As the largest opposition party, the Conservatives today form the official “shadow government” in the British Parliament. The current party leader, David Cameron, took over the leadership in 2005, following the Conservatives’ third consecutive election defeat for Labor and Tony Blair. In the current election campaign, the Conservatives have particularly focused on rebuilding the British economy after the international financial crisis. In general, this means that the party wants greater cuts in public spending (excluding health and development assistance), more reduction in taxes and fees and more private elements in e.g. education system than the other parties.
Labor – the British Labor Party – is closer to the political center than its Norwegian sister party, but is still clearly on the left in British politics. The shift towards the center gained momentum from the mid-1990s, after Tony Blair took over as party leader. In 1997, Labor went to the polls promising a “third way” – a compromise between government welfare schemes on the one hand and the market economy on the other. The party has its origins in the late 19th century and in the British labor movement, and grew greatly throughout the 1920s and 30s.
After World War II, the party formed its first majority government. In addition to Tony Blair, names such as Clement Attlee, Harold Wilson and Neil Kinnock have been central to Labor’s history. Gordon Brown took over as leader in 2007. By then, Blair’s personal support among voters had reached a low point.
In the current election campaign, Labor – like the other parties – focuses a lot on dealing with the financial crisis. Nevertheless, the party has been reluctant to launch drastic cuts in public spending. On issues ranging from market stimulation to education, the party wants a stronger role for the British state than the Tories do.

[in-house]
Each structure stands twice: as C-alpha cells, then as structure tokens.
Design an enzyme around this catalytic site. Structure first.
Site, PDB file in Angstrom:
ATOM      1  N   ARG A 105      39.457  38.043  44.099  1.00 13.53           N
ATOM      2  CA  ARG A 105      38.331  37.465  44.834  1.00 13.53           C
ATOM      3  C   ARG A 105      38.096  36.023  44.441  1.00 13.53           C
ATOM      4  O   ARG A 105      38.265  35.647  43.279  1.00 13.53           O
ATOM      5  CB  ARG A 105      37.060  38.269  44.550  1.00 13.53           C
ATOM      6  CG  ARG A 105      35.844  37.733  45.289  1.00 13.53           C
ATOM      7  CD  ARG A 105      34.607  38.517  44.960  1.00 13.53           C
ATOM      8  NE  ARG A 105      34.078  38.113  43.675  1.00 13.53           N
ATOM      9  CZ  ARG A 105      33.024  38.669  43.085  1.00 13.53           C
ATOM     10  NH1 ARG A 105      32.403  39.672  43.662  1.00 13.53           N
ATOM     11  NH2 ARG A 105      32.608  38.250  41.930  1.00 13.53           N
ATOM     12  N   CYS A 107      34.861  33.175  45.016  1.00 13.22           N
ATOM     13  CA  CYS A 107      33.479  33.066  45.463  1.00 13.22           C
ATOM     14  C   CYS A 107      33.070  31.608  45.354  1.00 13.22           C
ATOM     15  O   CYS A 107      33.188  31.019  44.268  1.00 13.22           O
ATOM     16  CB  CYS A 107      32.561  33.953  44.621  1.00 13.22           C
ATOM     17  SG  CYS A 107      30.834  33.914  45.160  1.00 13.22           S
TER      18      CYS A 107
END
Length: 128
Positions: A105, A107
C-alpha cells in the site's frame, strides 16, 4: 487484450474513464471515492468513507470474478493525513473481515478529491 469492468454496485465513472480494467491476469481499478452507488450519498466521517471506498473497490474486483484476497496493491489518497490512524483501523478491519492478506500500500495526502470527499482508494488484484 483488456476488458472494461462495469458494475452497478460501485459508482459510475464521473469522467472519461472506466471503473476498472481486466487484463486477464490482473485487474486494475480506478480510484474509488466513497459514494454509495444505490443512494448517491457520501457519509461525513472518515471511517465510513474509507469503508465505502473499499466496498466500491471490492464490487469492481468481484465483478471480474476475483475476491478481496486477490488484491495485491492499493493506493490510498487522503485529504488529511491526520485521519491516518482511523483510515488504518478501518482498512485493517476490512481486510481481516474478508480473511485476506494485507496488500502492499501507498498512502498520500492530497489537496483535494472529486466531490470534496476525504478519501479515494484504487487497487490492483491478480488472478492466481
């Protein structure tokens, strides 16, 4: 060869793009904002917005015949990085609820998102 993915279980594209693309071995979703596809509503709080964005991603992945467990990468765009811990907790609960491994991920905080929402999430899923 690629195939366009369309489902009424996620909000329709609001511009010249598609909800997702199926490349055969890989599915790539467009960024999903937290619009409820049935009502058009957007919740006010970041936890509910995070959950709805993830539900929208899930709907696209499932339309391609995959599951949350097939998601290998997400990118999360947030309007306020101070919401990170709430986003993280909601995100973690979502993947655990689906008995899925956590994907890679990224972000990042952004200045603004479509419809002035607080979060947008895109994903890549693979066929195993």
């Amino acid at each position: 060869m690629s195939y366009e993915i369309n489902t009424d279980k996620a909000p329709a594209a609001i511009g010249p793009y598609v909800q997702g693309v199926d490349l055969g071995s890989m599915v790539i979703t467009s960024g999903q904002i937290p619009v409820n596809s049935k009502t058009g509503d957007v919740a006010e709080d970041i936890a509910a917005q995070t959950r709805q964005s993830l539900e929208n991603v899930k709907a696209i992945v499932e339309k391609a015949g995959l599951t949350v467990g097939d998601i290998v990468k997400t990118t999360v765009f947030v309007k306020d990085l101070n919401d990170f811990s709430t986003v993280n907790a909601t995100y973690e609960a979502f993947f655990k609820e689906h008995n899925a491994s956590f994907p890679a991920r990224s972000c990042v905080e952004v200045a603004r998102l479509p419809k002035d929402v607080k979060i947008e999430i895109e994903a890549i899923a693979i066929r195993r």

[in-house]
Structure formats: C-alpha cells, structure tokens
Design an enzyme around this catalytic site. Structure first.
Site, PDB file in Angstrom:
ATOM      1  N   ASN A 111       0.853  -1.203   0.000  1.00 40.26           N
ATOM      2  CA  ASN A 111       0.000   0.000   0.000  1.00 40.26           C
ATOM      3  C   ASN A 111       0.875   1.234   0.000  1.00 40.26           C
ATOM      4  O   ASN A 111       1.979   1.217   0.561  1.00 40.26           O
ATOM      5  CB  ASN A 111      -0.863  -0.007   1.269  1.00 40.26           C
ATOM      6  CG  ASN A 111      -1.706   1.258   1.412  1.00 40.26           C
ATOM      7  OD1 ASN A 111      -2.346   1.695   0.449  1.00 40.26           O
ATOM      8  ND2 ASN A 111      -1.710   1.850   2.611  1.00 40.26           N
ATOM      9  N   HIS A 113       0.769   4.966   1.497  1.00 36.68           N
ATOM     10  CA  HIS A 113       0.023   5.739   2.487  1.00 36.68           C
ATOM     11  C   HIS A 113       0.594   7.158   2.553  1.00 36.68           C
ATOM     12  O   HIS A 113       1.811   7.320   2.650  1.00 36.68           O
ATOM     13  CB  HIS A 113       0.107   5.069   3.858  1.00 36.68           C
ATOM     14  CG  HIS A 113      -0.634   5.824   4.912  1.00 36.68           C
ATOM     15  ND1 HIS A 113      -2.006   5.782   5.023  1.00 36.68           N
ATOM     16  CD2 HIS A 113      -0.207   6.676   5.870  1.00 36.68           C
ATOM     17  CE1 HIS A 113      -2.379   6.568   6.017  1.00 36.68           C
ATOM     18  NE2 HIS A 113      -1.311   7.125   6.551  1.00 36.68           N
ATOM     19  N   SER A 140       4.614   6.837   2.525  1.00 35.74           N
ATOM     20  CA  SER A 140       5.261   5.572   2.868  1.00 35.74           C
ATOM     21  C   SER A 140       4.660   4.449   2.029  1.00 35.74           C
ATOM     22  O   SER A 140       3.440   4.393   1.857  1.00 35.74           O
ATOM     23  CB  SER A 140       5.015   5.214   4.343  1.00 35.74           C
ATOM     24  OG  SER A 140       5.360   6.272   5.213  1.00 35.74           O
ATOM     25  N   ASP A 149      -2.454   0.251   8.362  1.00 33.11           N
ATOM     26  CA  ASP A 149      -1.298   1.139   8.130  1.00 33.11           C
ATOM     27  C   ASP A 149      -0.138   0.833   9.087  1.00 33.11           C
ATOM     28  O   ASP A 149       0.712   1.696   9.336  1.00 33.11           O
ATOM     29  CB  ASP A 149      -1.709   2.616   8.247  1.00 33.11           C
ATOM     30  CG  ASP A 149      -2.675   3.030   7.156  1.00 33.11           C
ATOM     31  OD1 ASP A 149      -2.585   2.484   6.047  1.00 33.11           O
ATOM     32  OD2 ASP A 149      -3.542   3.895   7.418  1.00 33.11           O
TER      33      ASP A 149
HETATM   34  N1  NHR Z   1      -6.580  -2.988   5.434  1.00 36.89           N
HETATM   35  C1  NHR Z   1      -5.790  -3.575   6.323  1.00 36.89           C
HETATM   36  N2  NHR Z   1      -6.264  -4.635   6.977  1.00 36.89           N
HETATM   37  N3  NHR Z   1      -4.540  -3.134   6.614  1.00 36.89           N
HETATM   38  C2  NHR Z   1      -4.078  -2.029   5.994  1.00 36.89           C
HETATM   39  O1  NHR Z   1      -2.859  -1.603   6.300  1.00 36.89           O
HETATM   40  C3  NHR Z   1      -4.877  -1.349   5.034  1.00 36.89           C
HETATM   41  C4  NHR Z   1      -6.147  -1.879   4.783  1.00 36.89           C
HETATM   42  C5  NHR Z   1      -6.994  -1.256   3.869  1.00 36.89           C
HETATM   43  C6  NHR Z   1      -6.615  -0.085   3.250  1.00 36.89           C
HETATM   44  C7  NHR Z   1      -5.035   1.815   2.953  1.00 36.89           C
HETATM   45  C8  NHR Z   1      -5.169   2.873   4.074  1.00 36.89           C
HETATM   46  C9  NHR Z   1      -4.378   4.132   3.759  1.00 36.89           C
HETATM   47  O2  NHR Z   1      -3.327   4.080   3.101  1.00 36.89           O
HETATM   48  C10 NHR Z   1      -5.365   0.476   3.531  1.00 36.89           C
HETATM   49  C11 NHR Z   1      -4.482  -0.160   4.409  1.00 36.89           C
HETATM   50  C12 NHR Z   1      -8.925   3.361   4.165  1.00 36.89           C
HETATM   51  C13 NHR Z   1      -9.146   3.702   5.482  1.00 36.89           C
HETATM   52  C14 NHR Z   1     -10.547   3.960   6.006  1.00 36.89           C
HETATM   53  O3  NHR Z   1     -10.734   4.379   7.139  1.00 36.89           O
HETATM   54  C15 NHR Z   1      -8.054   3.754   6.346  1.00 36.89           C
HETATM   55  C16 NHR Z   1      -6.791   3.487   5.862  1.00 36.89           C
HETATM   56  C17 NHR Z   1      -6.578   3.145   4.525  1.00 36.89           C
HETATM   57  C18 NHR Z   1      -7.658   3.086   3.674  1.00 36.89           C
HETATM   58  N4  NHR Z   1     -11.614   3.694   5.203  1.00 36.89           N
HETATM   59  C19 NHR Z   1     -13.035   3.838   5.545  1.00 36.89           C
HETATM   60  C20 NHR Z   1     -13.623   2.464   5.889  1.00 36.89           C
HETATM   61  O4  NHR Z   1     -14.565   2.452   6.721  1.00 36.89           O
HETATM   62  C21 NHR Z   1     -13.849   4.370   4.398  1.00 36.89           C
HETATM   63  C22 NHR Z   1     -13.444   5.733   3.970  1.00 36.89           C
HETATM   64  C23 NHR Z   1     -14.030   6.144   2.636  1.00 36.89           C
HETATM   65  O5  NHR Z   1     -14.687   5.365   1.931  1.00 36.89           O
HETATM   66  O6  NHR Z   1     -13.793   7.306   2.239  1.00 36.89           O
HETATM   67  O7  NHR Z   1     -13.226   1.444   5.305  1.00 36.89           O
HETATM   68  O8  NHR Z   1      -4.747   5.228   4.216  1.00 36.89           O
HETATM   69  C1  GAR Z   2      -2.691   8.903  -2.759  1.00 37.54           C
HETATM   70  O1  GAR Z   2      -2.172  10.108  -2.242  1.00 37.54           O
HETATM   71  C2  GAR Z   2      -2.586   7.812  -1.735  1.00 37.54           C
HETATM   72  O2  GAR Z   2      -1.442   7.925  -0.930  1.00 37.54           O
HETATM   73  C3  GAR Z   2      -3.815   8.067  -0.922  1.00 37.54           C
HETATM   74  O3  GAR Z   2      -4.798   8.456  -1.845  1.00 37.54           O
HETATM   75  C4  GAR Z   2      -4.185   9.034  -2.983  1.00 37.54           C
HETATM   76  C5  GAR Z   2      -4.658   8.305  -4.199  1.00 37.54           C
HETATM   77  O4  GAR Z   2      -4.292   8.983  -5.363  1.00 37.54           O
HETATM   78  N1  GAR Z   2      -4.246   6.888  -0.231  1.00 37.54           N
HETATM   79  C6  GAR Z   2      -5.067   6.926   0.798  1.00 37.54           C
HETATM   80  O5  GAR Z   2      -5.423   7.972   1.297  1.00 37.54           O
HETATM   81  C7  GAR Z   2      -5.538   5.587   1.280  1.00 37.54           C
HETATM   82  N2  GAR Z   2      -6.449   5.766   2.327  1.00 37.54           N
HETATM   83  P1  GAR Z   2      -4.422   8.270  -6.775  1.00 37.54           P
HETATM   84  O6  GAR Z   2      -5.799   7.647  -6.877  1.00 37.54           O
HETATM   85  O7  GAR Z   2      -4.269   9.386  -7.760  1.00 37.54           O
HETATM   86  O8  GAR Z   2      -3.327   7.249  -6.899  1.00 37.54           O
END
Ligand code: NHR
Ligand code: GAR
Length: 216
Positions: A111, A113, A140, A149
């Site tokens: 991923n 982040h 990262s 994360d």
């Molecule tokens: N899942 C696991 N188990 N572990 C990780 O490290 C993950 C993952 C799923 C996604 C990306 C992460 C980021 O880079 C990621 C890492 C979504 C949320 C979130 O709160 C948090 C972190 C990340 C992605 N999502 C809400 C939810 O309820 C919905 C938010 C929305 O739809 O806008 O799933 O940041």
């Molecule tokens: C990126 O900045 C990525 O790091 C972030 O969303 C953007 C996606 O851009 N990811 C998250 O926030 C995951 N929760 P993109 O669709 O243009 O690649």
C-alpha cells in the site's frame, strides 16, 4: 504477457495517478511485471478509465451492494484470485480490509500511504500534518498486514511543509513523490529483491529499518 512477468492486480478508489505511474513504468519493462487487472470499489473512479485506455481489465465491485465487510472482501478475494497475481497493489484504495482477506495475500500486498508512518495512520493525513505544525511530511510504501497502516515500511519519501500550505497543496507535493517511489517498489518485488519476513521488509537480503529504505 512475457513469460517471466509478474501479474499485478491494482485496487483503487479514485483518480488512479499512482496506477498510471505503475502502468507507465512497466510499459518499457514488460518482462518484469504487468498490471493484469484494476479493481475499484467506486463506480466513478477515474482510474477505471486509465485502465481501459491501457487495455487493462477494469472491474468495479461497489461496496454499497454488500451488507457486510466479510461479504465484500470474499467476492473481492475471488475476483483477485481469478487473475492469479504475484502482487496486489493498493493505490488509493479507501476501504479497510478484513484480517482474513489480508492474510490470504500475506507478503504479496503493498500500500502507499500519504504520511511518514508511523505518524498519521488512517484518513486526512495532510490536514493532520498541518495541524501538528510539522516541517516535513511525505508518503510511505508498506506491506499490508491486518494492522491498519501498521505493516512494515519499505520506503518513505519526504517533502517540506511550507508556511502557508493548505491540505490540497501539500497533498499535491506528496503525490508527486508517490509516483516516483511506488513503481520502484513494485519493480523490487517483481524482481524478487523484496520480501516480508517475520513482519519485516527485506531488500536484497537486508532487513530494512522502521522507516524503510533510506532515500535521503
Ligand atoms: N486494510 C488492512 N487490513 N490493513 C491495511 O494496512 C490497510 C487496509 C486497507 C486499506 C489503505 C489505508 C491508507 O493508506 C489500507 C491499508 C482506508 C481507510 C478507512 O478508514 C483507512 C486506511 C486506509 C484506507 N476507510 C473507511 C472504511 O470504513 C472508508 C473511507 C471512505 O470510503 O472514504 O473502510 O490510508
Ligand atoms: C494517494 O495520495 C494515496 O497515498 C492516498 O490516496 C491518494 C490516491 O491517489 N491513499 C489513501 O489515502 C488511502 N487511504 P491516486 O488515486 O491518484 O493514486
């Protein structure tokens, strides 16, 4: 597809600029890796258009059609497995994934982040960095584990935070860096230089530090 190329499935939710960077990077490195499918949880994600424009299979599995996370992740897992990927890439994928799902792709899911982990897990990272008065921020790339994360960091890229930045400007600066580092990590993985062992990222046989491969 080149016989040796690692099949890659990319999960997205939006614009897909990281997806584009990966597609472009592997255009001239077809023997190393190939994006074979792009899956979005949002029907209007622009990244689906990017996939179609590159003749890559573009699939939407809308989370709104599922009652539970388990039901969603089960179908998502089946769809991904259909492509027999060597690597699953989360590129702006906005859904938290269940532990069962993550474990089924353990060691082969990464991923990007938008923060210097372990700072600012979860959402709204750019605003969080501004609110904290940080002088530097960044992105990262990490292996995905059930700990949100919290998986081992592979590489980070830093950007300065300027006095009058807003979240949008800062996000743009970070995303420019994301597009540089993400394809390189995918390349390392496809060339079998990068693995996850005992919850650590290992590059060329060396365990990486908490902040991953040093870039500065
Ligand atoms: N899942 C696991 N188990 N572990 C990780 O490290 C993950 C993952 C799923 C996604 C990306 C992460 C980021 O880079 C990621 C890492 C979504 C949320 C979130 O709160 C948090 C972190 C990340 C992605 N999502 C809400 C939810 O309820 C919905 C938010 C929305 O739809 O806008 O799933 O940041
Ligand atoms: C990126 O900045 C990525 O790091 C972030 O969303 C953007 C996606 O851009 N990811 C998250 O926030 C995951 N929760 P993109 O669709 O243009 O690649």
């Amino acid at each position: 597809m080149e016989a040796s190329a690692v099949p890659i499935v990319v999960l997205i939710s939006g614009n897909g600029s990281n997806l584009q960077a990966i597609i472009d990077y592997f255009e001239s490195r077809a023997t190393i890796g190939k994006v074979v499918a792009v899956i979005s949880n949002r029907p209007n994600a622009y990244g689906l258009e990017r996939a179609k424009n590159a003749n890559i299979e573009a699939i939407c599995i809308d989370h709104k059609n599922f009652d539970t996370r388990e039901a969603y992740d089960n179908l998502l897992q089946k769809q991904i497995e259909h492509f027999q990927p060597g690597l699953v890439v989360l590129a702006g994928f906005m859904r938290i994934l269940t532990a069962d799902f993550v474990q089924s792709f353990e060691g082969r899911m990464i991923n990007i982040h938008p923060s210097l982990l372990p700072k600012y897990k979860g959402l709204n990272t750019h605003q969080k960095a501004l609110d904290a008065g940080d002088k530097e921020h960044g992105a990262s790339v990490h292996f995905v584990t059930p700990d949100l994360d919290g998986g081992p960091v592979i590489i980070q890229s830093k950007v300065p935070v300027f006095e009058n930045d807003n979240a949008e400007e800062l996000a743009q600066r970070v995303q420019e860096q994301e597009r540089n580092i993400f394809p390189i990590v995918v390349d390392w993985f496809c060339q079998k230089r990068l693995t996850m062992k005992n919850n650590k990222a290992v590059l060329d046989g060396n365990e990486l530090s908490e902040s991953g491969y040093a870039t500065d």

The Liberal Democratic Party (often called the “Lib Dems”) is closest to the political center of the big three. However, the party has a pull to the left rather than the right. The party was established in its current form as recently as 1988, following a merger between the Social Democratic Party (a breakaway party from Labor) and the Liberal Party. The party’s family tree thus includes the Whig s, which together with the Tories are often regarded as the origin of the first party formations in Great Britain.
The Liberal Democrats focus on values such as freedom for the individual, the environment and the European community, and are also a strong supporter of reforming the political system. Among other things, this applies to the desire to change the electoral system and further democratize the Upper House. In the party’s short history, Paddy Ashdown, Charles Kennedy and Sir Menzies Campbell have been important names. The current party leader, Nick Clegg, was elected in 2007.